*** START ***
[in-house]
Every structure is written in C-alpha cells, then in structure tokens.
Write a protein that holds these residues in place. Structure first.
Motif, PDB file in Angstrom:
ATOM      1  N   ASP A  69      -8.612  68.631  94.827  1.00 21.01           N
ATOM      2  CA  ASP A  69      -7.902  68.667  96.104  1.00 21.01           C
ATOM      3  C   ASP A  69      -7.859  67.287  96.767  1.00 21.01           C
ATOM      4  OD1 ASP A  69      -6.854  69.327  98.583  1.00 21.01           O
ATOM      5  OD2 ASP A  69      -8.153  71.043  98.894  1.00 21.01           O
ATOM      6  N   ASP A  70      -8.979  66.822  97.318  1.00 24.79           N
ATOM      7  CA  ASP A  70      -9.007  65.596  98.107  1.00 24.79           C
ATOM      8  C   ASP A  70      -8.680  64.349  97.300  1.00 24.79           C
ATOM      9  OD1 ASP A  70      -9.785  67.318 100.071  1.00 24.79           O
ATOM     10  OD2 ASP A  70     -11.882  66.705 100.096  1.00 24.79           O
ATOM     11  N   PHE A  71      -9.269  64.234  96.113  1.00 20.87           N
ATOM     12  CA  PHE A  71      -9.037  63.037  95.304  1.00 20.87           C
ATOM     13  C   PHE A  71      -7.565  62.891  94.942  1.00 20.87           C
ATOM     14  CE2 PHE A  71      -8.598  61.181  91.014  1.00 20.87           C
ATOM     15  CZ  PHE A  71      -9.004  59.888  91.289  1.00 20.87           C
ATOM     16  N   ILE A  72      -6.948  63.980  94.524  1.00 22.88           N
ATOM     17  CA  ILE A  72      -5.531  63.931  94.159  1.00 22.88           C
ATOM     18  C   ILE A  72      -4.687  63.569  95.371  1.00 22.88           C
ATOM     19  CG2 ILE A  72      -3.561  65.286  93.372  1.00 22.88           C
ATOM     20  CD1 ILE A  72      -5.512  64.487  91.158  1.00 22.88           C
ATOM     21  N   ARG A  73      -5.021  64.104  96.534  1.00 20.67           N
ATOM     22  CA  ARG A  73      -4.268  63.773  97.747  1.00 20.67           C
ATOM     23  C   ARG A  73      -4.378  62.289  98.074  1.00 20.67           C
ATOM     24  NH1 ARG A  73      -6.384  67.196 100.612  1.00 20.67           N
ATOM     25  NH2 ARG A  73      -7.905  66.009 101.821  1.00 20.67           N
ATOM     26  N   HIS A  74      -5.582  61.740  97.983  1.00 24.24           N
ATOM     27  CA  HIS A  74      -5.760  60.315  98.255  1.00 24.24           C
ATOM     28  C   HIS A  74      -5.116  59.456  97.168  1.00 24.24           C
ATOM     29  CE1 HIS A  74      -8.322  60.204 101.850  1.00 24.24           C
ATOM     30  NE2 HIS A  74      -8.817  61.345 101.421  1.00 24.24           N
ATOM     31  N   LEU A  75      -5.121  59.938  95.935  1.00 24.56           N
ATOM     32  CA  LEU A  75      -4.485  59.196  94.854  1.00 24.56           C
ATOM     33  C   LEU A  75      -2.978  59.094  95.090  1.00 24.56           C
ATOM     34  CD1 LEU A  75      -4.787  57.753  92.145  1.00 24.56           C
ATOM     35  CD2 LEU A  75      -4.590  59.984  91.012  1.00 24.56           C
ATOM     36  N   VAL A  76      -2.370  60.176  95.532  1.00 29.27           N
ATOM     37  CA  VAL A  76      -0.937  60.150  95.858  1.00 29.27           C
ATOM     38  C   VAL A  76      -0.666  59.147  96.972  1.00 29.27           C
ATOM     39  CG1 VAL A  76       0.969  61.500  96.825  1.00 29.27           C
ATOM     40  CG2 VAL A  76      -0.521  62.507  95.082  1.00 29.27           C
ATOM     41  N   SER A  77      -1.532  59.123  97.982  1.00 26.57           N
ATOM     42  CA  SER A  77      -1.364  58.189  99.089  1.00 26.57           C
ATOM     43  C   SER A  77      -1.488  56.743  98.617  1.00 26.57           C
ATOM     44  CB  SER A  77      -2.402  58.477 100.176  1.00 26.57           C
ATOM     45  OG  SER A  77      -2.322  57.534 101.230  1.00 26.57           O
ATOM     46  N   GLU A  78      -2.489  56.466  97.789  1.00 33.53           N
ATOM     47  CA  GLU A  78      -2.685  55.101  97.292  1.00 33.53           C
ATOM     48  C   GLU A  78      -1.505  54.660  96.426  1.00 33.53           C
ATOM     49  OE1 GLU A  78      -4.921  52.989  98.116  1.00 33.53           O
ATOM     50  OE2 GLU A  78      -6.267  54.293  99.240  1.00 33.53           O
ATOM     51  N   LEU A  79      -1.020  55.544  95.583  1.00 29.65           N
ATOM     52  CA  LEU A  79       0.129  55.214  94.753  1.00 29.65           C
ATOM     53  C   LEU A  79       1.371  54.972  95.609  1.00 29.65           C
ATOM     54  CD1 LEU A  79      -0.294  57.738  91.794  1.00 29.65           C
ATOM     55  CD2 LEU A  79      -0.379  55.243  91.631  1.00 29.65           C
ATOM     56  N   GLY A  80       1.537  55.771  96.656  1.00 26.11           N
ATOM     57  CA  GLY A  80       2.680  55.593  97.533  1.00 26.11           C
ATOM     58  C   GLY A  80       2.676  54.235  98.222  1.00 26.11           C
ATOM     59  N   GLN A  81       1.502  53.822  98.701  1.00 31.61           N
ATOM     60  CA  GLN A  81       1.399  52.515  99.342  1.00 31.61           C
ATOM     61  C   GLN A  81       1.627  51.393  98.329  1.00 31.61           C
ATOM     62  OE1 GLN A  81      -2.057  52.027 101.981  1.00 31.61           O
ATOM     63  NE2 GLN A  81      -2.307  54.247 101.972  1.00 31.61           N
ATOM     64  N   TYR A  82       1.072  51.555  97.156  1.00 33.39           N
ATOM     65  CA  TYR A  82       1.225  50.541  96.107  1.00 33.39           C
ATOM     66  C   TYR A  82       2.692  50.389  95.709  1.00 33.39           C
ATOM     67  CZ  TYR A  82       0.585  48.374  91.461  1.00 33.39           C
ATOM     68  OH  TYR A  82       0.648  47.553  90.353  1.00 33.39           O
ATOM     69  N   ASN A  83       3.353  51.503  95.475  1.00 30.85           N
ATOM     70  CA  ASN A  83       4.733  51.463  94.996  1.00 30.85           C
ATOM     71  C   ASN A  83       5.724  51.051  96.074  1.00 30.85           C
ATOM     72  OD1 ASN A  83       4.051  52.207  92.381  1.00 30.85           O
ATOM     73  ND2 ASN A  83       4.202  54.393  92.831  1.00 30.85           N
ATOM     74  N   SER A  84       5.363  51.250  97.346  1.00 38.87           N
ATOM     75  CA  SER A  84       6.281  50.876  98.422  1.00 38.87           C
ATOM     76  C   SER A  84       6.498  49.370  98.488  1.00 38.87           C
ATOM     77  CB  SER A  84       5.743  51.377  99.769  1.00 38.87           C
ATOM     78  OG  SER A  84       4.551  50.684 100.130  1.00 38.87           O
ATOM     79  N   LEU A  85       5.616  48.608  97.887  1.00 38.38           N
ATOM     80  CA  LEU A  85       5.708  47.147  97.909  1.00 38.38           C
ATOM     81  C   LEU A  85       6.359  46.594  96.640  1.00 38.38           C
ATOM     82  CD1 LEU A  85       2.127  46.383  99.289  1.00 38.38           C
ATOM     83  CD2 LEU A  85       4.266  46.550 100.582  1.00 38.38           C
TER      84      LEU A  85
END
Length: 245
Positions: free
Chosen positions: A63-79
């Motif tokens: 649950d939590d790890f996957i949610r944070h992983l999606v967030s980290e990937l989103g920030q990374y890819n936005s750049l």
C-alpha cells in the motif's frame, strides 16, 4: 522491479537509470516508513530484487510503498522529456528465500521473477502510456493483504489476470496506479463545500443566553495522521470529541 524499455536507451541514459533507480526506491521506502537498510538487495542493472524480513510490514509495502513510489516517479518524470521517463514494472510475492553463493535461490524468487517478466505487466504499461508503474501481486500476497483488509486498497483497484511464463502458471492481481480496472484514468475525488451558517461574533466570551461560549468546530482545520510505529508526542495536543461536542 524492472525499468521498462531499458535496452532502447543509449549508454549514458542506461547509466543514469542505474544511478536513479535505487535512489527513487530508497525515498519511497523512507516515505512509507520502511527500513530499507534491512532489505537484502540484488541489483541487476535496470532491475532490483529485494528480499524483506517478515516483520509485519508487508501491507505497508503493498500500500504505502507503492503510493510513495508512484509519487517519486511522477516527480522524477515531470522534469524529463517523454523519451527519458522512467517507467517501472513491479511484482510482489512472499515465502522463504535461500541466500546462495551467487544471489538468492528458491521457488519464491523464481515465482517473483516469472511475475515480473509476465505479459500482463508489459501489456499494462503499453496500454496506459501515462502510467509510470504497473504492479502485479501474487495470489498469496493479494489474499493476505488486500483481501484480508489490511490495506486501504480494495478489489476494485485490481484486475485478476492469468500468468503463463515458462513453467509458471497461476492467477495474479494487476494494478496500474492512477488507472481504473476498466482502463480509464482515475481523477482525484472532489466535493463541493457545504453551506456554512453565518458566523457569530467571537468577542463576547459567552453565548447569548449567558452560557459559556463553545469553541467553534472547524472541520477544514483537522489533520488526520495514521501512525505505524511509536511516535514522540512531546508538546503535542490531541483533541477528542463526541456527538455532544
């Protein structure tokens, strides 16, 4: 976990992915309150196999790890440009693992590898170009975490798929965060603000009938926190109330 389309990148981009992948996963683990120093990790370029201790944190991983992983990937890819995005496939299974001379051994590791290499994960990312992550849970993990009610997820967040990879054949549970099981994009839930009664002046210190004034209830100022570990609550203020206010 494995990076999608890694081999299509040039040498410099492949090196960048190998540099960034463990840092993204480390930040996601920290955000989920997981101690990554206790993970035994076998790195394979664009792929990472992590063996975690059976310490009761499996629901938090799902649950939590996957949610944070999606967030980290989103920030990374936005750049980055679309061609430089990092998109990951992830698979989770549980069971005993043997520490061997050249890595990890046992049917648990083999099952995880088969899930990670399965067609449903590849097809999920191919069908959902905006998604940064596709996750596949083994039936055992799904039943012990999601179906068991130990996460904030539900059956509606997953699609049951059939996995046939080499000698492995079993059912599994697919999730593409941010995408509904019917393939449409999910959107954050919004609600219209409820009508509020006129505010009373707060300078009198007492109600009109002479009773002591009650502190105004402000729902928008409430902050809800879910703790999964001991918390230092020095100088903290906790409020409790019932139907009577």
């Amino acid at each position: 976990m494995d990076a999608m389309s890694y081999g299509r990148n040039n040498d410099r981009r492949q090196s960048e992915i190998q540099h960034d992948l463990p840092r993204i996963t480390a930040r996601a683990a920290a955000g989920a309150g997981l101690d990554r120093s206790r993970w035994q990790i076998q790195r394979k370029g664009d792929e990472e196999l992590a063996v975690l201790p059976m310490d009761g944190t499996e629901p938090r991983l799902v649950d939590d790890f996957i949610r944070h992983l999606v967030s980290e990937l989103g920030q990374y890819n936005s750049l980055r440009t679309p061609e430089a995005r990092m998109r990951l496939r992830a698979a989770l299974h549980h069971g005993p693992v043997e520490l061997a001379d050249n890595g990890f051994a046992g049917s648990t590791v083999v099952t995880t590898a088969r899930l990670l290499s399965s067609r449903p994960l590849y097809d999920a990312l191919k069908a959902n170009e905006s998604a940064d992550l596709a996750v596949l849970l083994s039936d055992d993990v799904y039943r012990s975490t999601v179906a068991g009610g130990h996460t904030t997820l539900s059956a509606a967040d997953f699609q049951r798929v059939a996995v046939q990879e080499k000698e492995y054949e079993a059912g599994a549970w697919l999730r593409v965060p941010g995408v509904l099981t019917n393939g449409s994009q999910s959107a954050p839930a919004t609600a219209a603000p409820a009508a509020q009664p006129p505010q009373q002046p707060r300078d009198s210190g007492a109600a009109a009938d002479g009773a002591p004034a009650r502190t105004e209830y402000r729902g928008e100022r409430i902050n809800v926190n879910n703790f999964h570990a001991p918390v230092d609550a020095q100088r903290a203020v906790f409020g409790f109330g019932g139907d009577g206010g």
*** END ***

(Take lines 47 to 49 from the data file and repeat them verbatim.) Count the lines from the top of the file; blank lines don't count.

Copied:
ATOM     43  C   SER A  77      -1.488  56.743  98.617  1.00 26.57           C
ATOM     44  CB  SER A  77      -2.402  58.477 100.176  1.00 26.57           C
ATOM     45  OG  SER A  77      -2.322  57.534 101.230  1.00 26.57           O